Sarah joined Fauna & Flora International for an August internship in Kyrgyzstan. Sarah is an English major at the University of St Andrews and hopes to be an active member of the wildlife preservation community upon graduation. In the future Sarah is planning to study sustainable development and business, with the hope of integrating new ideas and products with energy efficient principles.
From Bishkek we traveled to Osh and drove to the vibrant city of Jalal Abad inching us towards our village destination in the fruit and nut forests of Kyrgyzstan.
The city is sun-filled and dusty and the smell of naan and tea wafts through the air, the village cafés full of friends conversing over a long lunch. The market place is hectic, but – unlike other bazaars – the proprietors refrain from pressuring potential buyers, creating a pleasant shopping experience. Peaches, apples, grapes, plums, spices and nuts tempt the visitor to have a snack, and the prices are so fair that it’s worthwhile to oblige!
The colour of a Kyrgyz market is unforgettable. Credit: Ally Catterick/FFI
We leave the city and head for our first village. Our driver’s swiftness earns him the nickname “King of the Road”. He flashes his lights encouraging slow drivers to yield, and keeps steady, disapproving eye contact as he passes them. As we drive south we see cattle, sheep and horses moving towards new pastures, herded by boys and girls on horses and donkeys. After moving across a valley that, in late August, resembles a desert, we arrive at our destination which is comfortably nestled on the lush mountain slopes.
I am instantly enchanted by the steep mountains and the smell of sweet fruits in the air, and exhilarated by the powerful rivers that gush towards the valley. You could be mistaken for thinking you were in the Andes if it weren’t for call to prayer that echoes into the early evening.
Credit: Ally Catterick/FFI
If you walk up from the village of Kara-Alma you will find yourself in a forest full of walnuts and apples. Unfortunately, an urgent need for firewood in the winter months (which have been compared to those of Siberia and often last until April) has contributed, over time, to serious deforestation here.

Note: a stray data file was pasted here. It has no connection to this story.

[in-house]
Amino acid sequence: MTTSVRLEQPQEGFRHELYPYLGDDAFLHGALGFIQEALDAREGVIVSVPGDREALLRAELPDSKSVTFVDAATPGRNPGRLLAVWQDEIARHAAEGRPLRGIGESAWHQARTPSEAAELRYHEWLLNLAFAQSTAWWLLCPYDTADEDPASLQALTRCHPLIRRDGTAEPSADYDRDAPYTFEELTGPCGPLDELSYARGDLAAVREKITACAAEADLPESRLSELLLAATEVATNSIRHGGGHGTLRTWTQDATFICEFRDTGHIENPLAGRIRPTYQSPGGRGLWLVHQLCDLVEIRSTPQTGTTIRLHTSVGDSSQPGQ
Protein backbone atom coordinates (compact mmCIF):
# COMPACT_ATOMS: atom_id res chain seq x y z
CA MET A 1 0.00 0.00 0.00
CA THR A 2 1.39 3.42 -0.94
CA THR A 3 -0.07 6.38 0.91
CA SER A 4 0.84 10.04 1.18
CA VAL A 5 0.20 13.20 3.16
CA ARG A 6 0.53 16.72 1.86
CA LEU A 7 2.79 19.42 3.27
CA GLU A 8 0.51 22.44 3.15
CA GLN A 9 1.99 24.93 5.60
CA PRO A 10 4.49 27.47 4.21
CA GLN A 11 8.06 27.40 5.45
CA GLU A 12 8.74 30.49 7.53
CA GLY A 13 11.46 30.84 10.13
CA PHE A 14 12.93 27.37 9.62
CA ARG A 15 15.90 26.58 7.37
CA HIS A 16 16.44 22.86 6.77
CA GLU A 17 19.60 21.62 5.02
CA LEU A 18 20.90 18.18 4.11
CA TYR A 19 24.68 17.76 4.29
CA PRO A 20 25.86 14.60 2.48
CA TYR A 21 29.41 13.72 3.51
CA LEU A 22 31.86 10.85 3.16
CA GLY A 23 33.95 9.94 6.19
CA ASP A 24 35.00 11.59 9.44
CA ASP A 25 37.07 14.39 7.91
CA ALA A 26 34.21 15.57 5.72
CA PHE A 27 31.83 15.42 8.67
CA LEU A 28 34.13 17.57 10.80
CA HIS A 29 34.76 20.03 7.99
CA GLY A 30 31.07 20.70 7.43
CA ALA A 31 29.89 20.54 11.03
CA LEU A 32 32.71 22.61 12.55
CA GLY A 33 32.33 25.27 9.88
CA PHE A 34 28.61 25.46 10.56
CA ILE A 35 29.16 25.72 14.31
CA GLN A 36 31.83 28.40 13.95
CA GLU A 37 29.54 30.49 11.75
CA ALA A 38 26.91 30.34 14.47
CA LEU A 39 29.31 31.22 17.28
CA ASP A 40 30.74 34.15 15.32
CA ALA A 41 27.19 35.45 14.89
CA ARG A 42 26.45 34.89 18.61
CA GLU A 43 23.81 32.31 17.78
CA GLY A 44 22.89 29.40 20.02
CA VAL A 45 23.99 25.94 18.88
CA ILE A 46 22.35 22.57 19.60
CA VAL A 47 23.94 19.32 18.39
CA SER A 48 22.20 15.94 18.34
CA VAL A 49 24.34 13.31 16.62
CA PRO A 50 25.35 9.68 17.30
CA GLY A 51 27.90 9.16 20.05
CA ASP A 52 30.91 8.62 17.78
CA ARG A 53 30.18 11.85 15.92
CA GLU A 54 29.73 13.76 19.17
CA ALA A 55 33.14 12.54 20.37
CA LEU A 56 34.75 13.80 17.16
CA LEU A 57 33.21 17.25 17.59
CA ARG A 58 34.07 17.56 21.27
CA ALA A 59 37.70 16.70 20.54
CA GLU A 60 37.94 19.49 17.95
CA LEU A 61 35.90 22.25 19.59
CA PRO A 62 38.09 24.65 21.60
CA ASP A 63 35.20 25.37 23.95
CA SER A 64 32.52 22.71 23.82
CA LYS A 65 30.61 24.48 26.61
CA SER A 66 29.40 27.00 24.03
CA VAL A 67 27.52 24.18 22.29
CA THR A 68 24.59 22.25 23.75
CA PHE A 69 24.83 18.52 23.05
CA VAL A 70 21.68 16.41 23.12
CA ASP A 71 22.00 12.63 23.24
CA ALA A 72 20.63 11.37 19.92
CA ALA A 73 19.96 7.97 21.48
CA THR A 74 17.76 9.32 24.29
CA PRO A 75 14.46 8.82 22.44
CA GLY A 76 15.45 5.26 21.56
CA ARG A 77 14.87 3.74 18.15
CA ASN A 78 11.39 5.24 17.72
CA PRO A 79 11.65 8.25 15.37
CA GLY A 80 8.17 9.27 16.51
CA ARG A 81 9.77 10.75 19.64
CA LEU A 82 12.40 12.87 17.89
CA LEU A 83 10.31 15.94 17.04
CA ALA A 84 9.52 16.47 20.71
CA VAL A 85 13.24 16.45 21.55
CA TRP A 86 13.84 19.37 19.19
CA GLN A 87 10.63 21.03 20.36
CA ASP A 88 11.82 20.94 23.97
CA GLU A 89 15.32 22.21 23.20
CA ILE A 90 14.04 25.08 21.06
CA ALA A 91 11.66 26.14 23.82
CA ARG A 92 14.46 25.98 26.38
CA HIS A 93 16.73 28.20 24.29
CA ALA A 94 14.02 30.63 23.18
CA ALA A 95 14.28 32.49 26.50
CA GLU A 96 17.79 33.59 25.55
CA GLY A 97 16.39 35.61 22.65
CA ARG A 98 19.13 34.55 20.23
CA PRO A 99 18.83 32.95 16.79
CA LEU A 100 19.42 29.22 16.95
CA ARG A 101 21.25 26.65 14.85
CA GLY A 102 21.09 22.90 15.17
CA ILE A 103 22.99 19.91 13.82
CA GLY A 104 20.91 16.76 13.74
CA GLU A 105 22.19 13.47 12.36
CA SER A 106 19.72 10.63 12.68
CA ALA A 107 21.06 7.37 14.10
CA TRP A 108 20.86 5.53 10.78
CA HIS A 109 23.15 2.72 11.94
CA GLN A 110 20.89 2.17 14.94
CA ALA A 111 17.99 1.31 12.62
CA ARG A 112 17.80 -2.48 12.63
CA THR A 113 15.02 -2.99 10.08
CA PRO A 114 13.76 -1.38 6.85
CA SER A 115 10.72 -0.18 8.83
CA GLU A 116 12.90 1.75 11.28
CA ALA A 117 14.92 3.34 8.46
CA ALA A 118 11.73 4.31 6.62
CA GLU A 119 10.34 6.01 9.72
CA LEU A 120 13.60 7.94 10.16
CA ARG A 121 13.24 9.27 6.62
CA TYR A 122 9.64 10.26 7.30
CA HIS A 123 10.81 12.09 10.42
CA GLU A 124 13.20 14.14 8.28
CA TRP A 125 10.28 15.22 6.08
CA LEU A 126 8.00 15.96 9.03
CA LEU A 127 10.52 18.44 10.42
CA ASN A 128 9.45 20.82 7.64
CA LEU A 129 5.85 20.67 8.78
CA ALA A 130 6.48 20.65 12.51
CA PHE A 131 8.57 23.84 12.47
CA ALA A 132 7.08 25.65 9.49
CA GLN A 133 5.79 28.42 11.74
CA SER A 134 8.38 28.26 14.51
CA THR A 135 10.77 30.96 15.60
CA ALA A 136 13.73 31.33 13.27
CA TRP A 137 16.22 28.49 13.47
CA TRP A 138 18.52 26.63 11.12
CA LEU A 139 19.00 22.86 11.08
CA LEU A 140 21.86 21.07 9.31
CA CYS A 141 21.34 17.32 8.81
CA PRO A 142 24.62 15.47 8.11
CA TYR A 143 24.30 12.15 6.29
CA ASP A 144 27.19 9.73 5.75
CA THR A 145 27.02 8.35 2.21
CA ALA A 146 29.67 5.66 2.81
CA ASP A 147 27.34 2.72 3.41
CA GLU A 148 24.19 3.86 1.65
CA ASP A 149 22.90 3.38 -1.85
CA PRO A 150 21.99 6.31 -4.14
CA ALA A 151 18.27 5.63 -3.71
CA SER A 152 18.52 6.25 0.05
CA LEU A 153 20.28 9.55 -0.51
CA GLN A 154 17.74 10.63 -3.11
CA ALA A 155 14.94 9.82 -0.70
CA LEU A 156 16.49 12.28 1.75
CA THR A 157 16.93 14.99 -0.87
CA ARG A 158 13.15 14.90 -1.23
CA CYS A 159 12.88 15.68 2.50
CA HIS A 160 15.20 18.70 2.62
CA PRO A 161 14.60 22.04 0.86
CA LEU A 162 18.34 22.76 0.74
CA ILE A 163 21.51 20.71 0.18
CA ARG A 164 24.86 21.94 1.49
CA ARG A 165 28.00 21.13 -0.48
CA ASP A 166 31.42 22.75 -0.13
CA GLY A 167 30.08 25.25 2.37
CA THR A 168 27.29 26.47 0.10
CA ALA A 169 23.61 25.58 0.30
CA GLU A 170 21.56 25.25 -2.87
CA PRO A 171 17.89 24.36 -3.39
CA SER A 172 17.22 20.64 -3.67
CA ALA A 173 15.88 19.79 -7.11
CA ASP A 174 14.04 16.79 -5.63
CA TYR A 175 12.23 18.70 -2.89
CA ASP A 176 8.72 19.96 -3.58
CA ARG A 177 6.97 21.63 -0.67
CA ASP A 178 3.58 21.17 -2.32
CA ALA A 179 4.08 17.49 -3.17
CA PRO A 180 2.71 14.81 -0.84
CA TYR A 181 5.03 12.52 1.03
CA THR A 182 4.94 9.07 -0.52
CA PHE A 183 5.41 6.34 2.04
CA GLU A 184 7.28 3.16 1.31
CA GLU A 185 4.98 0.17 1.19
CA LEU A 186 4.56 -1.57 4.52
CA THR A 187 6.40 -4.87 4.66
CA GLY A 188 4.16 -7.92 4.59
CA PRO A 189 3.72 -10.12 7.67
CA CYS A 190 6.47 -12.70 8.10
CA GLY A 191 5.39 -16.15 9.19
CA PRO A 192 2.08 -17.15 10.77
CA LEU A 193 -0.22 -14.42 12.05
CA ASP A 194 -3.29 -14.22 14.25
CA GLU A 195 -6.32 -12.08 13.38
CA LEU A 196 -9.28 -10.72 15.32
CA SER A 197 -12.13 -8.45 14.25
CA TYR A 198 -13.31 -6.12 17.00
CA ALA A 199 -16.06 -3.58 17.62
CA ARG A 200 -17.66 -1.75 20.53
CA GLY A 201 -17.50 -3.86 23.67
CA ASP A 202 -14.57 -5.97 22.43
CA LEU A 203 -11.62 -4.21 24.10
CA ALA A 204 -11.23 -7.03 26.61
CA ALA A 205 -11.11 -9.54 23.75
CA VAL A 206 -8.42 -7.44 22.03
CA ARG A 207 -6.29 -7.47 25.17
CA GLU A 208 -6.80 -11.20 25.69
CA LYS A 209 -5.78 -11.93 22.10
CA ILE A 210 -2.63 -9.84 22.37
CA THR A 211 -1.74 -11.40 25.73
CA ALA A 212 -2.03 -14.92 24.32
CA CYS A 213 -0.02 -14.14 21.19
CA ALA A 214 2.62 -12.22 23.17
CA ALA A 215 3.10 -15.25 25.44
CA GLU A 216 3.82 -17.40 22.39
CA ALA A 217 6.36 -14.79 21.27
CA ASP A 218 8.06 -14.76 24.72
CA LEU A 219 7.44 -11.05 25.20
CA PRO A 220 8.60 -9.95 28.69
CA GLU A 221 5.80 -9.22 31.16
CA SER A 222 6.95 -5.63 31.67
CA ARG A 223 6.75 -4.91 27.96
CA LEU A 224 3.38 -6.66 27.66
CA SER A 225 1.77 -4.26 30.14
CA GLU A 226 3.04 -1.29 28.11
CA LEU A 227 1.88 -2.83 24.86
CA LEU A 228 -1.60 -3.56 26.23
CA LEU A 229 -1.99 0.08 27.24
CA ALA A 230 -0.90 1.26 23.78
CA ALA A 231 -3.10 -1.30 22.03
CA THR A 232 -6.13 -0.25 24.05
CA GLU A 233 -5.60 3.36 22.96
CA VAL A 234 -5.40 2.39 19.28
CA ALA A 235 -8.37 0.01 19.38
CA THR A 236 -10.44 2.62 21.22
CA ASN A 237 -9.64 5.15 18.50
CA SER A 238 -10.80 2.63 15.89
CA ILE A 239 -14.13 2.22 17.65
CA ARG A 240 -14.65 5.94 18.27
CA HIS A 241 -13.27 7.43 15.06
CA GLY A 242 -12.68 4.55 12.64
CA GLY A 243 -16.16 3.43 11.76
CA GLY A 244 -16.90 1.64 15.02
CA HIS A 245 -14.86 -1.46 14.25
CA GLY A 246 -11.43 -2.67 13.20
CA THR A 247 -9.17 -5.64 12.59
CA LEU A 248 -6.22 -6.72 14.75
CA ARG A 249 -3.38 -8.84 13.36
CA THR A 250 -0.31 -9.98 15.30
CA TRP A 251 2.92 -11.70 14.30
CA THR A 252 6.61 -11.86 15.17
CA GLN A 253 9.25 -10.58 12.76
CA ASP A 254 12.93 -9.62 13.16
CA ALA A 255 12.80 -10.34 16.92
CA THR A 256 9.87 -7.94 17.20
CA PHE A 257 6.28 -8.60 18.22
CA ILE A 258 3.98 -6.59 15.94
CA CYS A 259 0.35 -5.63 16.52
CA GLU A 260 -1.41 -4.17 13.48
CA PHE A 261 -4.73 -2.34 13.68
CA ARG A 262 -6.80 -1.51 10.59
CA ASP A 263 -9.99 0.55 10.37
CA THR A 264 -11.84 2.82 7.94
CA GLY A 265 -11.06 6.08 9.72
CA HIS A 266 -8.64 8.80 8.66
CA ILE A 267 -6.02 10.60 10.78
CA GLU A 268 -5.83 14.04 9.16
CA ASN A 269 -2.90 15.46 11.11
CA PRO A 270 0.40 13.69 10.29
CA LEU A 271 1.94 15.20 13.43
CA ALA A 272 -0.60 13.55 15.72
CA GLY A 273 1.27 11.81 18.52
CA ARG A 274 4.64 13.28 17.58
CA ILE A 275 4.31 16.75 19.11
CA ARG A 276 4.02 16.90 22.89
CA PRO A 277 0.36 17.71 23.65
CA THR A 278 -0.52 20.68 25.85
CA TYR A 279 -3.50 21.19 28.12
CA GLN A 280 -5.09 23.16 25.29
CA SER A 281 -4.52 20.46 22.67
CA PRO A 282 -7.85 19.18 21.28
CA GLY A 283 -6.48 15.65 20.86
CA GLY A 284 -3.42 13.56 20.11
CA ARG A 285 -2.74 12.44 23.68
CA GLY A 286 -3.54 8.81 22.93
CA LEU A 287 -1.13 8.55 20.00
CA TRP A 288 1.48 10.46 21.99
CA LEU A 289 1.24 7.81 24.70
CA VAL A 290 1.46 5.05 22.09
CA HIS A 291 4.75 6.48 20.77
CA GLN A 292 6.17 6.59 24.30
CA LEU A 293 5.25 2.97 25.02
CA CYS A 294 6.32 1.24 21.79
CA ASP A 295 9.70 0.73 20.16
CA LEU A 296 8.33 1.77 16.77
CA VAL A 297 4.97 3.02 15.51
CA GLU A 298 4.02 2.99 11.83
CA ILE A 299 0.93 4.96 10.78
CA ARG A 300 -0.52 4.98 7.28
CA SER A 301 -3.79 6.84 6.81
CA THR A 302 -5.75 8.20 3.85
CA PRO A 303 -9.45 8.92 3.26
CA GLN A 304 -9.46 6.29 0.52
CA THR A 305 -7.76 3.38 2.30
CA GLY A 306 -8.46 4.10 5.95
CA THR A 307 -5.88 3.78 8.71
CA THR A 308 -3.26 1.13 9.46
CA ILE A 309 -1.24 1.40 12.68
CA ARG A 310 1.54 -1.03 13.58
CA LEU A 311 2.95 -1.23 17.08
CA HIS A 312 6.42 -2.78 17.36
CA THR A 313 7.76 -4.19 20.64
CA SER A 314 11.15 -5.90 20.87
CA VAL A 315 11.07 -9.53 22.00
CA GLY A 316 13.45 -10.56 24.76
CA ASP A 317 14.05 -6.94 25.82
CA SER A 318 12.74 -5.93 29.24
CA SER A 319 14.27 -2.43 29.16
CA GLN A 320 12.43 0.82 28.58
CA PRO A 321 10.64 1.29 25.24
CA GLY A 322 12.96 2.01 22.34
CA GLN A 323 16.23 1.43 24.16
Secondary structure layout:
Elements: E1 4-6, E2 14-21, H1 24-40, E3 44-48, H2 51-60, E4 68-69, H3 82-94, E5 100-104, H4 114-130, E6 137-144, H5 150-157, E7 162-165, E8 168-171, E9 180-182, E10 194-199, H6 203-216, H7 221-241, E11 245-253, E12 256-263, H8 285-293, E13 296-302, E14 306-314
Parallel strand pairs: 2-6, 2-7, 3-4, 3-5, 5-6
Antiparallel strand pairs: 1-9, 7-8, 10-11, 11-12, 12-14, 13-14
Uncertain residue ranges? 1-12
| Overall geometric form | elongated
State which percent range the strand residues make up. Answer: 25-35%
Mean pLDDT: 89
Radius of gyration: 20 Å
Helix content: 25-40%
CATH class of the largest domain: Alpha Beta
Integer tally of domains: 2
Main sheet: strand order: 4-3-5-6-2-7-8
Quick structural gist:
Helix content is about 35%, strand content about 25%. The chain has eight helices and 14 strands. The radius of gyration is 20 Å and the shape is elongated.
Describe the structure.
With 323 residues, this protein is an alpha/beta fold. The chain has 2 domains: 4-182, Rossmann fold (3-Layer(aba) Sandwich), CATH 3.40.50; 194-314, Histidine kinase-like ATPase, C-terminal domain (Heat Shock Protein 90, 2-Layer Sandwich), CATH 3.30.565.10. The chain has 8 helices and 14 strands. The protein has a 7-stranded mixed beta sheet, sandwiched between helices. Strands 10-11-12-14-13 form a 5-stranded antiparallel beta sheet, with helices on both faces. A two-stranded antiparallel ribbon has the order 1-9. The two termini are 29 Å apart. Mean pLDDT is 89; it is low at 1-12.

To address this, Fauna & Flora International (FFI) is working to establish plots of land with fast-growing trees, which can then be sacrificed for firewood rather than the ancient trees of the Fergana valley.
FFI has also been working with an organisation called Community Based Tourism (CBT) to encourage different ways of generating income in the villages. We arrived in the village of Kara-Alma for an FFI-sponsored seminar on generating profit from tourism. CBT’s employee Rukhsora spoke of her hope that twenty years from now the villages will have improved infrastructure and will be known to the rest of the world. She discussed the natural beauty of the pastures where horses graze and bees are busy and explained how foreign visitors would widen the horizons of children.
The beauty of the Fergana region and its charming, smiling and insightful people urges one to visit again and again.
In Kyzyl Unkur (our second destination), the village coordinator – who has been a teacher for 23 years – tells us that children are required to meet outside class and discuss the importance of preserving the fruit and nut forests. Such modern thinking is sure to save these ancient forests, and it is encouraging to hear how local interest in sustainability is helping FFI’s efforts to preserve them.
We arrive at Issyk-Kul for a workshop with the Sarychat-Ertash Nature Reserve team, who endure brutal winters to ensure that animals are not poached. The team show great hospitality, frying local fish, baking bread and serving us mango juice with joyful smiles and lots of conversation. They show us a video of daily life on the reserve where they patrol the mountains on horseback.
Karakol is right on Issyk-Kul, a lake that resembles an ocean and is colder than the North Sea. On the day of the workshop fifteen men and women gathered to create a management plan for the conservation of the reserve. FFI staff gave advice in Russian and English, and emphasised the importance of a management plan.
Cookies and coffee were provided every few hours and it seemed that everyone had a keen interest in preserving the mountain habitats and species.
The reserve team have wise faces from years of braving fierce conditions for the good of nature. They discussed the importance of preventing poaching and preserving the mountain ecosystem for future generations. One member of the unit escorted us to the plateau of the mountains in Issyk-Kul and the higher we got, the more breathtakingly beautiful it was.
From the smiles on our faces, there could be no question of the importance of maintaining this place, which is surely one of the most beautiful and unique in the world.